A Season Analysis and Implications for the Future

Author: Paris Shirley

A Season Analysis and Implications for the Future

Many ancient religions were rooted in the concept that time is cyclical. Without delving into the intricate nitty-gritties of theoretical temporality, that notion has seeped into our common lexicon (“history repeats itself”) and is inherently understood through repetitive fashion trends (what up, baggy pants and dad shoes), recursive activist movements and inevitably every Friday night/Saturday morning when I find myself gazing over basement Taco Bell’s menu board. Perhaps the greatest testament to redundancy, however, is the recent history of the Notre Dame college football program.

Redundancy is not always necessarily a bad thing. In the most apparent form of mirroring, this 2017 senior class ended their Notre Dame football careers the same way that they began it as freshmen in 2014: beating the LSU Tigers in an exhilarating bowl game. And coming off an eight-loss 2016 season that was about as watchable as season two of Friday Night Lights, undoubtedly, the 2017 season was an improvement. 

Last offseason, when head coach Brian Kelly brought in Memphis’ offensive coordinator Chip Long to right the Fighting Irish offense, Long made his philosophy clear: “At the end of the day, we’re gonna be able to run the ball and run the ball to win.” But after a 55-yard rushing output led to a 20-19 loss at home against the future national championship finalists Georgia Bulldogs, fans were left to wonder whether this team was bound to reside under the cloud of late-game heartbreak that had plagued them the year before. Needless to say, it wasn’t.

Primarily on the backs of a seemingly unstoppable rushing game, the nation’s best offensive line, and a defense that re-established its identity in Mike Elko’s newly implemented 4-2-5 scheme, over the course of the next seven games, Notre Dame racked up wins like they were going out of style and in the process treated the Irish faithful to some of the most rewarding aspects of college football fandom. Whether it was tasting that dish best served cold by dominating revenge games against rivals Michigan State and USC (Sam Darnold is haunted by the echoes more than anyone since Clarice in “Silence of the Lambs”) or catching a ride aboard the Heisman candidacy of #33trucking Josh Adams as he Fred-Flinstoned his way through secondaries to the tune of 146.1 yards a game and 8.9 yards a carry, along with eight plays for 59 yards or more, through the first eight games, Notre Dame seemed to have the makings of a playoff contender. But late-season unraveling again proved to be the Irish’s undoing.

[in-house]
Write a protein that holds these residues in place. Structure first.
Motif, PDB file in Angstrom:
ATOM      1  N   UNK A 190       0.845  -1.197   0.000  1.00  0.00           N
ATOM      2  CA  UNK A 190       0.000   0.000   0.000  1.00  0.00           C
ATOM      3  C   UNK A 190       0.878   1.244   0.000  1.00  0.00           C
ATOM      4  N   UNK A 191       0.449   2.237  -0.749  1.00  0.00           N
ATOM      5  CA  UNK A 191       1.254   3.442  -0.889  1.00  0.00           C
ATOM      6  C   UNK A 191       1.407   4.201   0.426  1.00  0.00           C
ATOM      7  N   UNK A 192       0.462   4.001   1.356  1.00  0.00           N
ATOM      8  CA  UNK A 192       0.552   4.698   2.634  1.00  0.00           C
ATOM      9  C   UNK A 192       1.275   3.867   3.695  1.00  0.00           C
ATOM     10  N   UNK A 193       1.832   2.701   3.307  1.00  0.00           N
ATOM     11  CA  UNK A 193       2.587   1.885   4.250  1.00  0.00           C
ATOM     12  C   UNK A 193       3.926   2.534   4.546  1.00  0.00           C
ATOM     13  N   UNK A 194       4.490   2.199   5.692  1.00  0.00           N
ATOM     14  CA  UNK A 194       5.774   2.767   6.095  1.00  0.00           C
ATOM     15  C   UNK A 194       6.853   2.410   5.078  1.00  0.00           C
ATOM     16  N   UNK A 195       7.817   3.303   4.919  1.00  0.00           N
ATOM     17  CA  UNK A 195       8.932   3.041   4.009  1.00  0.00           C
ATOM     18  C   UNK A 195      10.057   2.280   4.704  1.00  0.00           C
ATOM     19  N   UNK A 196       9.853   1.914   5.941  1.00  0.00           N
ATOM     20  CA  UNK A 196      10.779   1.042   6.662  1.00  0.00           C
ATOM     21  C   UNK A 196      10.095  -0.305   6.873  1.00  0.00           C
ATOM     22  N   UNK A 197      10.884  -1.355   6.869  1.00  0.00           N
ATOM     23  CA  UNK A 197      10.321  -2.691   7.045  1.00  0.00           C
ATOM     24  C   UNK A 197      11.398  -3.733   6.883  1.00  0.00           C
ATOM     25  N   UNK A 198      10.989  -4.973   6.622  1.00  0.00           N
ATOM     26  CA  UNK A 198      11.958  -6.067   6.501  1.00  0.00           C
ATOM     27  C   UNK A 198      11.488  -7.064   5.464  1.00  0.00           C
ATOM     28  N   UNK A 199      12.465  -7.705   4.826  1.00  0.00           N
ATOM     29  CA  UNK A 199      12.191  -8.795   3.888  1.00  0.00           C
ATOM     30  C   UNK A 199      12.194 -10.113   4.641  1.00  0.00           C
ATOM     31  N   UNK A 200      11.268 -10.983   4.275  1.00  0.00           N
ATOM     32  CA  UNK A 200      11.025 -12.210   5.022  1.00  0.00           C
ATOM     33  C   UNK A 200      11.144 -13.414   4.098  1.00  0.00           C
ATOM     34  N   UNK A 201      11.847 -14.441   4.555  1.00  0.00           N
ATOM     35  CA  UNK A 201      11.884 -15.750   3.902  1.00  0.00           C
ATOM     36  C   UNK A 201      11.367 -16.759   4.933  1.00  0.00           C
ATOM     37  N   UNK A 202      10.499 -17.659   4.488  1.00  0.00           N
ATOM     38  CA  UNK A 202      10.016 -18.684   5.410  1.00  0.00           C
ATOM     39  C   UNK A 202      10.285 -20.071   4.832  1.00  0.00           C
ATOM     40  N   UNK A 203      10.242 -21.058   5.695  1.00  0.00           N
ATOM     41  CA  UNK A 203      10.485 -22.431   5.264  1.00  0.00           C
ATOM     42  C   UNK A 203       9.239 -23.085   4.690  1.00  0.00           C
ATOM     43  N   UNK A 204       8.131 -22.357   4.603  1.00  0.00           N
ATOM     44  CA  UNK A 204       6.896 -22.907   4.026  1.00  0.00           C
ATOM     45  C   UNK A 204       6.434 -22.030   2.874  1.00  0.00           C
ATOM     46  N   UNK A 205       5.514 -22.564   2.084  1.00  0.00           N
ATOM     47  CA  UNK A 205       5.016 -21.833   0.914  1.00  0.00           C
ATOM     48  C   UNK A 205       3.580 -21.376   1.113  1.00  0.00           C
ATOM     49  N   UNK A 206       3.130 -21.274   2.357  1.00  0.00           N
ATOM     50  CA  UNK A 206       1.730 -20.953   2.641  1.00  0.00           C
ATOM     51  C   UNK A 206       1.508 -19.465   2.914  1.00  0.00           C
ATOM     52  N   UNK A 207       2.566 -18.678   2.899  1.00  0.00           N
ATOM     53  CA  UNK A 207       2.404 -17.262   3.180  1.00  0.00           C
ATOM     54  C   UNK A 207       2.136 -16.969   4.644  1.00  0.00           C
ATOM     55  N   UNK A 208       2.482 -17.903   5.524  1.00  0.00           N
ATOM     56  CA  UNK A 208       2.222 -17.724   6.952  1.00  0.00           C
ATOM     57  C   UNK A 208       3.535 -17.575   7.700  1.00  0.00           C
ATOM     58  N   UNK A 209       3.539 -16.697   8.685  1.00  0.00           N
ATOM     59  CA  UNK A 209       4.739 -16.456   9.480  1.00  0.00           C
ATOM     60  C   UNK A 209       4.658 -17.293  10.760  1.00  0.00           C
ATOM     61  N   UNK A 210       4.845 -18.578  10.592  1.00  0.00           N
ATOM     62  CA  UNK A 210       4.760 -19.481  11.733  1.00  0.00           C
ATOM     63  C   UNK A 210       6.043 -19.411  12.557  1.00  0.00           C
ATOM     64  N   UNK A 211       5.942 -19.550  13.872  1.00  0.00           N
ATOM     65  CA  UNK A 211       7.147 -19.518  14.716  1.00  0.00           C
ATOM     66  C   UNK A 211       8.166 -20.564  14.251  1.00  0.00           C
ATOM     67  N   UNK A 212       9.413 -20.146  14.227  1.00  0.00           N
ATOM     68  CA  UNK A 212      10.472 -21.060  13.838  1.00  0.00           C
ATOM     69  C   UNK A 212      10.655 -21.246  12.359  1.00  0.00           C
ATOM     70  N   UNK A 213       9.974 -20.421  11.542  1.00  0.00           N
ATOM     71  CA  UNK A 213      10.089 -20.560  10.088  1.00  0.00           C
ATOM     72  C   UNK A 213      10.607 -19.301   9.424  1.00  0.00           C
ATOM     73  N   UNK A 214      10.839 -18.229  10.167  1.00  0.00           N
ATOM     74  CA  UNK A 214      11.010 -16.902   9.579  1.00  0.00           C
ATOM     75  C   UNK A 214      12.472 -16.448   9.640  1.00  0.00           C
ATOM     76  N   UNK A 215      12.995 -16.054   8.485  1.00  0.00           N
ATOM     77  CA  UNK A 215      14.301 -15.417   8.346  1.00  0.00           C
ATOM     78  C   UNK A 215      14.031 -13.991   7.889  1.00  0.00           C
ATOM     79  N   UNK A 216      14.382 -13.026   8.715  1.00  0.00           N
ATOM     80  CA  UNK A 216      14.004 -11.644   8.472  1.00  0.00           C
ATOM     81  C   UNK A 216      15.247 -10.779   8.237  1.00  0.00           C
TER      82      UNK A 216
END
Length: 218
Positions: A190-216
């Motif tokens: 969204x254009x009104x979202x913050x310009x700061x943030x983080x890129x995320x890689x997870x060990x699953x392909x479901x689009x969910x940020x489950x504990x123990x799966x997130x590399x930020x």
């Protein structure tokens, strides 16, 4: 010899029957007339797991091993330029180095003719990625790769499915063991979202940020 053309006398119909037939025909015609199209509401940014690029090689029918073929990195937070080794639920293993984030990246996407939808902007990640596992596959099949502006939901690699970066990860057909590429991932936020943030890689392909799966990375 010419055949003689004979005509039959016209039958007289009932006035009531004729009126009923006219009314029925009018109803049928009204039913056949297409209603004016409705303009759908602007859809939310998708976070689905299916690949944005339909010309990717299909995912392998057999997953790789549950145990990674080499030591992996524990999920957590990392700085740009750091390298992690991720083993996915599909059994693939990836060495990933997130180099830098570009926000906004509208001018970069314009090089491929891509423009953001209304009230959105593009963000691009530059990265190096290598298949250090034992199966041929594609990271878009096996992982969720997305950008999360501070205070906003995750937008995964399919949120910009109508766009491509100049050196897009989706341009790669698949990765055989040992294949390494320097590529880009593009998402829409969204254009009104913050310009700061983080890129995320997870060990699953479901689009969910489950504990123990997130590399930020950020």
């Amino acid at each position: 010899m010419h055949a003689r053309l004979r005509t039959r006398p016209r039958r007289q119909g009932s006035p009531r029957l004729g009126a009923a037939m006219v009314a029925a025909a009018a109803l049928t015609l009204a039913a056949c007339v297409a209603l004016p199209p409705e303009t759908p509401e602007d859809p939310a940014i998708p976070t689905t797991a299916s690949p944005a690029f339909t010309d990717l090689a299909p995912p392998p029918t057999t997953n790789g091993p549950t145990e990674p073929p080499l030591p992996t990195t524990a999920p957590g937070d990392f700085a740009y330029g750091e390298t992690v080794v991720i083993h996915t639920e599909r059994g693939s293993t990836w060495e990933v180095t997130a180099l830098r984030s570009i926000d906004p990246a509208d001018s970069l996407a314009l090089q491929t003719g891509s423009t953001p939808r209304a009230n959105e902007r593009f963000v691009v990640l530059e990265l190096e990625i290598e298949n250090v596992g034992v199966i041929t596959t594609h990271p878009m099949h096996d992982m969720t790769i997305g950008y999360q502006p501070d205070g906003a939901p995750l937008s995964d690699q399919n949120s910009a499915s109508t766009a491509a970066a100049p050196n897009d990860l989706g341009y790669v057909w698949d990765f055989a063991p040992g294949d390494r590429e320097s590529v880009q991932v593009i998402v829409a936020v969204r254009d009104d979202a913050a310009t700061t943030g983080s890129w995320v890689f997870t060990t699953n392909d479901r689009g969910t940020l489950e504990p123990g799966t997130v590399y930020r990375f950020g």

The cruelest realization of the contemporary college football season comes the second a fan accepts that his or her team has been effectively eliminated from making the playoffs. For Notre Dame fans, this death blow always seems to be particularly pungent. A particularly rough reminder was 2015, when the blow came at the hands (or, rather, feet) of a last-second kick by Stanford in the regular season finale. The 2016 loss to NC State (but more so to Mother Nature) was a harbinger of the team’s trouble with hurricanes, because, in 2017, it was brash Miami, in all their turnover-chain stunting, that reigned supreme and killed any title dreams harbored by Irish fans. 

In the end, although this season ended on a positive note when junior receiver Miles Boykin evaded two LSU defenders to snatch the Citrus Bowl, the game exposed many of the common obstacles that Notre Dame faces seemingly every year and must tackle as it cycles into its offseason of questions. Now that redshirt sophomore Ian Book replaced redshirt junior Brandon Wimbush and played the hero, the Irish quarterback carousel is again back in full steam. How will Brian Kelly replace his graduating and draft-calling stars, especially on offense, as well as his unexpectedly vacant defensive coordinator position? And for the eight-year head honcho, himself fully aware that the gleam of the 1988 champion trophy has lost its luster to Irish fans by now, the seat grows incrementally hotter with each season that fails to deliver on the ultimate goal. Whether time is cyclical or not, it is beginning to feel that way in South Bend, and, inevitably, the time will come where that is not enough.

The views of this author are not necessarily the views of Scholastic magazine.